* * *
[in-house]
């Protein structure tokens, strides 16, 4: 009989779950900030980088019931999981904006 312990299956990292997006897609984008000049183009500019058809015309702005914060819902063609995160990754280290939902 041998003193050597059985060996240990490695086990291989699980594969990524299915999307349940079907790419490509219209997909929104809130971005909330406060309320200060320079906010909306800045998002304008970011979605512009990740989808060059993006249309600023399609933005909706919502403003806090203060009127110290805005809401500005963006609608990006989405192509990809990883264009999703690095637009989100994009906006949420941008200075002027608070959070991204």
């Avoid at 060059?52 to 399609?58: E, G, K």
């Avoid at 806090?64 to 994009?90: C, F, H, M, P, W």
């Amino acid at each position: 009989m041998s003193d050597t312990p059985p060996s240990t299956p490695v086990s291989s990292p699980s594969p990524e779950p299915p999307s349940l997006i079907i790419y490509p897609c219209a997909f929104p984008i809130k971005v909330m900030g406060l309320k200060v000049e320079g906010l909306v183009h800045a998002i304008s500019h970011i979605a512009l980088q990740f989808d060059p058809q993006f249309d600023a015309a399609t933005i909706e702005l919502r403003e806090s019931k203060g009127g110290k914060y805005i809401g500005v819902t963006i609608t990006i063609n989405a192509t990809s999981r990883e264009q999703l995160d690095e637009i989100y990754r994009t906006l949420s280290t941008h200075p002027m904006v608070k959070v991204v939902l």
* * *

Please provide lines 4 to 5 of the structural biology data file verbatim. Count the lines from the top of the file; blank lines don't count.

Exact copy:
């Avoid at 806090?64 to 994009?90: C, F, H, M, P, W």
């Amino acid at each position: 009989m041998s003193d050597t312990p059985p060996s240990t299956p490695v086990s291989s990292p699980s594969p990524e779950p299915p999307s349940l997006i079907i790419y490509p897609c219209a997909f929104p984008i809130k971005v909330m900030g406060l309320k200060v000049e320079g906010l909306v183009h800045a998002i304008s500019h970011i979605a512009l980088q990740f989808d060059p058809q993006f249309d600023a015309a399609t933005i909706e702005l919502r403003e806090s019931k203060g009127g110290k914060y805005i809401g500005v819902t963006i609608t990006i063609n989405a192509t990809s999981r990883e264009q999703l995160d690095e637009i989100y990754r994009t906006l949420s280290t941008h200075p002027m904006v608070k959070v991204v939902l």